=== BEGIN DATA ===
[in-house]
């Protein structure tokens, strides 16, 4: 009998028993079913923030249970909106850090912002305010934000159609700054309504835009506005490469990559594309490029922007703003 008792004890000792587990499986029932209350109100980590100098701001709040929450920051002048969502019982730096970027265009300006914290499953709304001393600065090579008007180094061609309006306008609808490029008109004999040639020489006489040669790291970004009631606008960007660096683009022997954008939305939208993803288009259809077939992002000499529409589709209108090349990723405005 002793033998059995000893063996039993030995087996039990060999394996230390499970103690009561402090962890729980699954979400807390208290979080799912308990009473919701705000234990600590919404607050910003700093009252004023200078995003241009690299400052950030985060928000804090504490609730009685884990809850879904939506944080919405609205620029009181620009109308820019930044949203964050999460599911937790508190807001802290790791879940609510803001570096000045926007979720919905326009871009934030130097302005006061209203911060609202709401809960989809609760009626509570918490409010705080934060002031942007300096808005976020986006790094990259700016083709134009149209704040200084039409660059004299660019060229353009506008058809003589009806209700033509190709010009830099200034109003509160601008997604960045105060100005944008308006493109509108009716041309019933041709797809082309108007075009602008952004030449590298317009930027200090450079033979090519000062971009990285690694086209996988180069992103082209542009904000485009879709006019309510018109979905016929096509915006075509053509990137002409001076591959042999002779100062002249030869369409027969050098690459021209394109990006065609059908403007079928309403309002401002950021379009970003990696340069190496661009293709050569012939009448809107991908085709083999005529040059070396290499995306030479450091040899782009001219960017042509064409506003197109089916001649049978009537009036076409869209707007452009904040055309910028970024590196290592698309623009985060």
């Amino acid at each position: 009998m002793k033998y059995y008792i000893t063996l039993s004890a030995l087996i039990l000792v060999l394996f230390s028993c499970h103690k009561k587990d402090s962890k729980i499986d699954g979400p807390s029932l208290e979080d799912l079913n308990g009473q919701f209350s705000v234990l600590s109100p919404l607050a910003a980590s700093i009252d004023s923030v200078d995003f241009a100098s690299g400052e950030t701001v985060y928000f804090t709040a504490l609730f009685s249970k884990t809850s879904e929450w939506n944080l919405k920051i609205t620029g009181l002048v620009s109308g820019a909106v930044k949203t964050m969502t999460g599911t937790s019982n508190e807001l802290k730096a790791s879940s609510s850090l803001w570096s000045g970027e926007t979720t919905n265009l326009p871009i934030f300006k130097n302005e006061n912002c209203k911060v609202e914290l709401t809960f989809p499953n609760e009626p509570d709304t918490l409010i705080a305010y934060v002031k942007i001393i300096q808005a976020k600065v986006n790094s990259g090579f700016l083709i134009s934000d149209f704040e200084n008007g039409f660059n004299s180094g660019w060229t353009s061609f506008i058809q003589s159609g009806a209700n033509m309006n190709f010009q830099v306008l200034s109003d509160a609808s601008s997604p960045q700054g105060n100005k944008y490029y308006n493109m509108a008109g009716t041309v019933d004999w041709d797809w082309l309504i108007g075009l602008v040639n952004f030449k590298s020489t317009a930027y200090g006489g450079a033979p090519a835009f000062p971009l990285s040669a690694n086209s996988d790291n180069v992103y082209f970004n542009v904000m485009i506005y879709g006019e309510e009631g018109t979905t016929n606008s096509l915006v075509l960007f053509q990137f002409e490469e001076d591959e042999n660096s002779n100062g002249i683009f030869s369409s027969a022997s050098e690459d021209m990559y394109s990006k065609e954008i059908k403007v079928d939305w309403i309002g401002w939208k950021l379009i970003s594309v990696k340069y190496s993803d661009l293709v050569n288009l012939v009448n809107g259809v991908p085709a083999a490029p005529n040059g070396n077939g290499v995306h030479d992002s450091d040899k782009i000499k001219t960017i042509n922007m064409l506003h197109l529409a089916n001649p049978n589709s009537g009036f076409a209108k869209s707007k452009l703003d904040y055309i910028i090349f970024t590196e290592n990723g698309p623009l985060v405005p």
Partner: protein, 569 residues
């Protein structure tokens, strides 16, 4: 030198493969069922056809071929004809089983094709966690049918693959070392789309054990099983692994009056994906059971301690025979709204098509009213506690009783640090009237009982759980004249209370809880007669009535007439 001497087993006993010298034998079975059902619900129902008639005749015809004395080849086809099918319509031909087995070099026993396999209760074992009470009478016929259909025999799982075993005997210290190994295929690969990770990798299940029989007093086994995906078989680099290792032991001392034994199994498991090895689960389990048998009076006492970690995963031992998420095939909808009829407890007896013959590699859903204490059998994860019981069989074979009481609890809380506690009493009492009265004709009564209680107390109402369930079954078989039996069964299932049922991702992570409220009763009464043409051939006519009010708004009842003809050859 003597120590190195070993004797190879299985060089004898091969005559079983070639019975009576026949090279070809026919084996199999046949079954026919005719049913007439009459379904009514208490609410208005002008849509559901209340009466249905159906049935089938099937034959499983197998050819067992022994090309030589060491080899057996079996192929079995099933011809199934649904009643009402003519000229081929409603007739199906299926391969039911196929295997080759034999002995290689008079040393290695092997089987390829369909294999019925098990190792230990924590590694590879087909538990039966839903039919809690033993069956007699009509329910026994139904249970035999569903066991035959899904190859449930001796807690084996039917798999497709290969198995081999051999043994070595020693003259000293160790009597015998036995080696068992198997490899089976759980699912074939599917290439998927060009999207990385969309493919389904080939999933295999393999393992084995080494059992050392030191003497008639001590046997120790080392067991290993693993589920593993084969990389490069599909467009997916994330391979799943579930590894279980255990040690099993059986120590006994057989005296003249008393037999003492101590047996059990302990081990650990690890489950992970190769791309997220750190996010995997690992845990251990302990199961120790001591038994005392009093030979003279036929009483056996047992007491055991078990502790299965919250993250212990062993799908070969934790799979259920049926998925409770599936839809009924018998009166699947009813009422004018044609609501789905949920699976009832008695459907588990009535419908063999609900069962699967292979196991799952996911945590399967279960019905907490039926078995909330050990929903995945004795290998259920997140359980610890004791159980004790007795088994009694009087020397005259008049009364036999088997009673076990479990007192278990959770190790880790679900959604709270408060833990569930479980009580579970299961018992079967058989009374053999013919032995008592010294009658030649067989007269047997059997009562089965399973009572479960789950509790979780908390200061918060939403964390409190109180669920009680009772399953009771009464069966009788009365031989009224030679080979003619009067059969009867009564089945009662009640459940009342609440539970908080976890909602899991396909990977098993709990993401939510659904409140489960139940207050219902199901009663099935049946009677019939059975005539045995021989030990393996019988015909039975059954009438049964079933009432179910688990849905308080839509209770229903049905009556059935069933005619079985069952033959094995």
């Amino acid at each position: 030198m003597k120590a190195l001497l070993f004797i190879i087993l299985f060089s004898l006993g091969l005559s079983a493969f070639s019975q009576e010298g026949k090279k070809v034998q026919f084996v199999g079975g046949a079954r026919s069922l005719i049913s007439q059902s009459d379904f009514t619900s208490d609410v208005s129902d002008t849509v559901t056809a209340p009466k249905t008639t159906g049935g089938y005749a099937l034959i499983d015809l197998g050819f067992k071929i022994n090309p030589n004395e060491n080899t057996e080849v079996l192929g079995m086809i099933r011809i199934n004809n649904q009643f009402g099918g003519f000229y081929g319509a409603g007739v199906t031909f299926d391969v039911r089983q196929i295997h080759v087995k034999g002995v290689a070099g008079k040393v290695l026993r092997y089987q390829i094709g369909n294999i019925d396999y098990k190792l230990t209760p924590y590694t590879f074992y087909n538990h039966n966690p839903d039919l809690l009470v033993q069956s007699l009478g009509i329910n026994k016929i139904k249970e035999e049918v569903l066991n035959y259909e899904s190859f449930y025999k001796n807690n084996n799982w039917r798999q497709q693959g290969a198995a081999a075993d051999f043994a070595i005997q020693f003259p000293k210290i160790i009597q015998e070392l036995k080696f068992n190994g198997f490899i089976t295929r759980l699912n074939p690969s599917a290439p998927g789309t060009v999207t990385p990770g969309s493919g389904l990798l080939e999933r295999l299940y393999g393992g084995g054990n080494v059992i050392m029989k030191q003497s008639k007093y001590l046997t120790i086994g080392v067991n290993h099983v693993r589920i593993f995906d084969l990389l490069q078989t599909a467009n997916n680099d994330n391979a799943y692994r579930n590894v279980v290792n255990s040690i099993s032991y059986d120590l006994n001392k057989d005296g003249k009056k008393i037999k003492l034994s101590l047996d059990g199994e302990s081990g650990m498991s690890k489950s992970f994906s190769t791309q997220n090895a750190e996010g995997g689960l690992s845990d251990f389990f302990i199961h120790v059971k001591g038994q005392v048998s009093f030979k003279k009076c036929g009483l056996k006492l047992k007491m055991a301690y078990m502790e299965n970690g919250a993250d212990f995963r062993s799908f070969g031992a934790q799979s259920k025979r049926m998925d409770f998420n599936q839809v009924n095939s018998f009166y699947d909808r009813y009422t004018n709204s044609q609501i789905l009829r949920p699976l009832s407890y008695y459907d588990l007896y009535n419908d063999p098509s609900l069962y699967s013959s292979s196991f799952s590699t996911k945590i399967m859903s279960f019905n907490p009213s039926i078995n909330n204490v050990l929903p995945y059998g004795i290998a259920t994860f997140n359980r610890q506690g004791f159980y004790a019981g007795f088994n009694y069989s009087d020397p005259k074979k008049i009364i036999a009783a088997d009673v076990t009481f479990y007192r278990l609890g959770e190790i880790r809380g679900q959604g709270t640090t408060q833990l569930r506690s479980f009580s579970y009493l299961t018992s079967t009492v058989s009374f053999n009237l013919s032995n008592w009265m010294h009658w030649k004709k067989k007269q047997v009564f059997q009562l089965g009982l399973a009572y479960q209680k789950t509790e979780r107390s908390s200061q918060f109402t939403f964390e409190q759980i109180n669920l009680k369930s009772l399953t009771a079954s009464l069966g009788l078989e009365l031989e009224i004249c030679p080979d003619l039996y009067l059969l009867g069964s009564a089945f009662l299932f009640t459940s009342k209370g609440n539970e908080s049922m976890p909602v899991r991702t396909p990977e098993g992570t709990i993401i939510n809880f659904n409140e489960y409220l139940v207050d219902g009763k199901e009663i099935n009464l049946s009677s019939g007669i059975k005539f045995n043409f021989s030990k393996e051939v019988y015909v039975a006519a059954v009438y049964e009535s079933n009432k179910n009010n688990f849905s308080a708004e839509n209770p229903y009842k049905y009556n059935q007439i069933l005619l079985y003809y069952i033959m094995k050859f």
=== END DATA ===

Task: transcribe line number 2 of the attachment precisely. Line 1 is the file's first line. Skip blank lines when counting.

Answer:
């Protein structure tokens, strides 16, 4: 009998028993079913923030249970909106850090912002305010934000159609700054309504835009506005490469990559594309490029922007703003 008792004890000792587990499986029932209350109100980590100098701001709040929450920051002048969502019982730096970027265009300006914290499953709304001393600065090579008007180094061609309006306008609808490029008109004999040639020489006489040669790291970004009631606008960007660096683009022997954008939305939208993803288009259809077939992002000499529409589709209108090349990723405005 002793033998059995000893063996039993030995087996039990060999394996230390499970103690009561402090962890729980699954979400807390208290979080799912308990009473919701705000234990600590919404607050910003700093009252004023200078995003241009690299400052950030985060928000804090504490609730009685884990809850879904939506944080919405609205620029009181620009109308820019930044949203964050999460599911937790508190807001802290790791879940609510803001570096000045926007979720919905326009871009934030130097302005006061209203911060609202709401809960989809609760009626509570918490409010705080934060002031942007300096808005976020986006790094990259700016083709134009149209704040200084039409660059004299660019060229353009506008058809003589009806209700033509190709010009830099200034109003509160601008997604960045105060100005944008308006493109509108009716041309019933041709797809082309108007075009602008952004030449590298317009930027200090450079033979090519000062971009990285690694086209996988180069992103082209542009904000485009879709006019309510018109979905016929096509915006075509053509990137002409001076591959042999002779100062002249030869369409027969050098690459021209394109990006065609059908403007079928309403309002401002950021379009970003990696340069190496661009293709050569012939009448809107991908085709083999005529040059070396290499995306030479450091040899782009001219960017042509064409506003197109089916001649049978009537009036076409869209707007452009904040055309910028970024590196290592698309623009985060």